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June 2, 2004
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Imaging of Human Skin with Tiny 2-D Scanner

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After a long winter, maybe your complexion isn't blooming the way you'd like. Cosmetics companies are always launching new products. But how many of them can really get deep down to fix your problems? As this ScienCentral News video reports, one nanotechnologist says he has come up with a way to do just that.

Skin Deep

As your complexion wakes up from the winter freeze, it might need some spring cleaning and rejuvenation. But how do you know which product will deliver the goods?

Perhaps nanotechnology, the science that works at the incredibly tiny scale of just a few atoms, can help you. The cosmetics company L'Oreal has been putting its "nanocapsules"—which can range between 130 and 600 nanometers in size—into its products since 1995. Active ingredients like retinol, an anti-oxidant, are reduced to a tiny size and coated with a biodegradable polymeric shell. The nanocapsules are small enough to get through the first layers of the skin; then, when the skin's natural enzymes dissolve the surface of the nanocapsules, the active ingredients get released. These products have been sampled by reporters at Small Times and The Wall Street Journal with some positive results.

Now, L'Oreal is working on getting a closer look at what's going on under your skin. Physicist Frederic Leroy, director of the Physics Department in the Advanced Research Laboratory at L’Oreal, has helped designed a sensor on a computer chip that allows him to see skin's structure. He says this new, highly detailed view will help his research team learn more about skin, and exactly what kind of care is best.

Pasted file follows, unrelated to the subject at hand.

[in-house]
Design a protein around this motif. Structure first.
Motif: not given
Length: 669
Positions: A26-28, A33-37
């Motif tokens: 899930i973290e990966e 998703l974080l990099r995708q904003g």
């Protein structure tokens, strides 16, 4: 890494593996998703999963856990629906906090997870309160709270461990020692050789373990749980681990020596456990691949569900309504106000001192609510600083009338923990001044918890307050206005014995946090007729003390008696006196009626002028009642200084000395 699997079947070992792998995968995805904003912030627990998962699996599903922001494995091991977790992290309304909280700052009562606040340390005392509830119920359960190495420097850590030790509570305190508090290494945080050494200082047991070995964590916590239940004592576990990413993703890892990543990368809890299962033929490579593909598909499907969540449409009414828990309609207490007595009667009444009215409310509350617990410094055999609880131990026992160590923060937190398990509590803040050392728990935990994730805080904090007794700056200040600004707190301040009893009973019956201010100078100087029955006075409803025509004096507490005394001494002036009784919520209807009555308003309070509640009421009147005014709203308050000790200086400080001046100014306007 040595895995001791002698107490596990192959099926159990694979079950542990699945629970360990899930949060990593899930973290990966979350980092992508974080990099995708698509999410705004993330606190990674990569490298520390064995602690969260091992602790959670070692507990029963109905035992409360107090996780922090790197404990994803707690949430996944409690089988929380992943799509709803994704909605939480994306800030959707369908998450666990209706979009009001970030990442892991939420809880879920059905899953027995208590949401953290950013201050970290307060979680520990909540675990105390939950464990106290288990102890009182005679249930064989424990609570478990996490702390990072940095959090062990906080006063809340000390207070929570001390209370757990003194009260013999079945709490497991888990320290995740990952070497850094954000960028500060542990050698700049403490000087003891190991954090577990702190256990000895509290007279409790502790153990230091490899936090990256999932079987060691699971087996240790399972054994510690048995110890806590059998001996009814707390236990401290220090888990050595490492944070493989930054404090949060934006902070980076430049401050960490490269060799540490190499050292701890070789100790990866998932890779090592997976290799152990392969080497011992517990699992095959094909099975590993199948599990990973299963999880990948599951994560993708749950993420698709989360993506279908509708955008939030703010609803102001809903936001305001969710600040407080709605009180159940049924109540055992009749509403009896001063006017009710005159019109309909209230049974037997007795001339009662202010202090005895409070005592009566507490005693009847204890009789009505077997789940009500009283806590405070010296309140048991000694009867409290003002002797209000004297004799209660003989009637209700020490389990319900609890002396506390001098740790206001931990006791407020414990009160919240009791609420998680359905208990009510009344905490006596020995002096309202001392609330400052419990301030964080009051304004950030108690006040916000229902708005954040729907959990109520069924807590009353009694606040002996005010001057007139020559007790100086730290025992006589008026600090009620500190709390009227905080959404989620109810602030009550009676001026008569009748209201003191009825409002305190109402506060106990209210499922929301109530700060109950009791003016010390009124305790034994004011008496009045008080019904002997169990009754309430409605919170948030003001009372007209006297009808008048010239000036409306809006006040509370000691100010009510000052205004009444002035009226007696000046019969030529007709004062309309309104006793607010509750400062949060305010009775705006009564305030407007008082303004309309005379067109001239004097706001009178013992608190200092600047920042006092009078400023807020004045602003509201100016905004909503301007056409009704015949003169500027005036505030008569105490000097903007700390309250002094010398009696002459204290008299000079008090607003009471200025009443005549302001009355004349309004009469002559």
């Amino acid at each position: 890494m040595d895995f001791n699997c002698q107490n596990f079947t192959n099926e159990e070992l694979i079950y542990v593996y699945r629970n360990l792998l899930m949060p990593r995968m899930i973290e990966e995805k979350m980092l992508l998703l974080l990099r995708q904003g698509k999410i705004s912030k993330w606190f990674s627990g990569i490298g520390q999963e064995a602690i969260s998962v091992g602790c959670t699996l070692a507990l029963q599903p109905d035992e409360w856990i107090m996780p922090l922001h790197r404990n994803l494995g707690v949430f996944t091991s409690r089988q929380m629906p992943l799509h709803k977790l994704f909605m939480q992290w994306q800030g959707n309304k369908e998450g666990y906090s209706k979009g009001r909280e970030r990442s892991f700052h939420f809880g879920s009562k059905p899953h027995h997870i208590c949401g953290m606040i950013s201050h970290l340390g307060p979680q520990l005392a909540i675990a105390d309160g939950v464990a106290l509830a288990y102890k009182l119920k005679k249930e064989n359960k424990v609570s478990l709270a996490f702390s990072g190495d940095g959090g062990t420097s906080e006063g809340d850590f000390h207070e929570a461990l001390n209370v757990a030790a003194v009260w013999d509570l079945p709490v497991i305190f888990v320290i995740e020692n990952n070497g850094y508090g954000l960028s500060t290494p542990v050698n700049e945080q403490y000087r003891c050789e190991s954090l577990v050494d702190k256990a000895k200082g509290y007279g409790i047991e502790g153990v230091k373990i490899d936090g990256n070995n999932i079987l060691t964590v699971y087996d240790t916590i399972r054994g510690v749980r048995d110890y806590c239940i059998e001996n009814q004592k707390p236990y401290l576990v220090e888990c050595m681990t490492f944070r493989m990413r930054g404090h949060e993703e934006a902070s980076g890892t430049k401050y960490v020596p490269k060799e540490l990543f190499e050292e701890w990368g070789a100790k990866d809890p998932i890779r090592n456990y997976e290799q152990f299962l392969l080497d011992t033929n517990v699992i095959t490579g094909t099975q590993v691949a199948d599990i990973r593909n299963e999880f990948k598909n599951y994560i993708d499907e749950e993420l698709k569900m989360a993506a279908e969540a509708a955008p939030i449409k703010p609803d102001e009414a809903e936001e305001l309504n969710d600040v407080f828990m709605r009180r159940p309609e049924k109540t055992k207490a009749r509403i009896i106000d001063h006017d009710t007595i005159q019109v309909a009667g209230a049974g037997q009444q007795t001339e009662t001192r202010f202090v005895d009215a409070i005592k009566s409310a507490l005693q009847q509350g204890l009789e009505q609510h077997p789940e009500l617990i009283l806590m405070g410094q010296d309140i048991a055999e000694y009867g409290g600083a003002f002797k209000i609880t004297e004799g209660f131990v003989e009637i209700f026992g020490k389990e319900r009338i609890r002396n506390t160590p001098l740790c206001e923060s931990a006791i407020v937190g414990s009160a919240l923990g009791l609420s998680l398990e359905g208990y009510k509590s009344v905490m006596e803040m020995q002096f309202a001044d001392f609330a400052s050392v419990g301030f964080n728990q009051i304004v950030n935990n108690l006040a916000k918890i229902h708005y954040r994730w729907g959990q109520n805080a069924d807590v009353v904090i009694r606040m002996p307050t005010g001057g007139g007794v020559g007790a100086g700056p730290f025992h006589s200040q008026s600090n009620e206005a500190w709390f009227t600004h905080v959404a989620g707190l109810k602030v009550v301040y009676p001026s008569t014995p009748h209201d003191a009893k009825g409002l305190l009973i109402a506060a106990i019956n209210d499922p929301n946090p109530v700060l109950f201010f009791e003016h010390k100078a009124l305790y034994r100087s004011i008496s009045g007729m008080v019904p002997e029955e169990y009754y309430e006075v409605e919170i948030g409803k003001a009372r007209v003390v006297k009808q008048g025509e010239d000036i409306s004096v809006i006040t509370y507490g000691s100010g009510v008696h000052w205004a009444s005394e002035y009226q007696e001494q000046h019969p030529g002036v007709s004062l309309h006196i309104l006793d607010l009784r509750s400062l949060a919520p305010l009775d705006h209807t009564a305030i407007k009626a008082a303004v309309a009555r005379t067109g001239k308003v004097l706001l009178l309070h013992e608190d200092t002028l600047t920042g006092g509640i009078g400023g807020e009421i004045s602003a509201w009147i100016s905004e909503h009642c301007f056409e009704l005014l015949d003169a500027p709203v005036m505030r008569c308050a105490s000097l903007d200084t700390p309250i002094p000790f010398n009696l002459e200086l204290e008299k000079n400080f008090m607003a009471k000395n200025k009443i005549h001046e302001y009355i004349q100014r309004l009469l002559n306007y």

Leroy says that the state of your complexion—its dryness, oiliness, or sensitivity—is "governed by the chemical and physical structure at the nanometer level. So we want to establish the relationships between the chemical and physical structure at the nanometer level—about one millionth of the size of a human hair." Skin is made up of proteins that organize by means of chemical interactions. "We need to understand the chemical composition, and the physical properties of skin at this nanoscale level to better understand how to enhance it with cosmetic products," he says.

skin closeup
This is how skin looks through Leroys sensor.
Called the SkinChip sensor, Leroy's chip is based on STMicroelectronics' TouchChip silicon image sensor technology, which was developed for biometric fingerprint recognition. To observe the surface of someone’s skin, the SkinChip can capture detailed 500 dots-per-inch images in less than one tenth of a second.

When used with special software, the sensor can create a hydration or dryness map of -a person’s skin. This would help scientists to better understand the age-related changes that take place in the skin, and design skin-care products that would make a difference.. And the whole process would be non-invasive, unlike some other cosmetic procedures.

Leroy hopes his in-depth approach will help make cosmetics that work better for each customer. He says the SkinChip also can study the structure of hair and nails. "These devices are interesting," he says, "because they give the opportunity to increase our knowledge of hair and skin. Once we improve our knowledge of hair, skin, and nail structure and their chemical composition, we can develop new technologies, new cosmetic ingredients which will better enhance the properties of hair and skin."

This research was presented at the February 2004 meeting of the American Association for the Advancement of Science (AAAS), and the World Congress of Dermatology, 2003, and was funded by L'Oreal.

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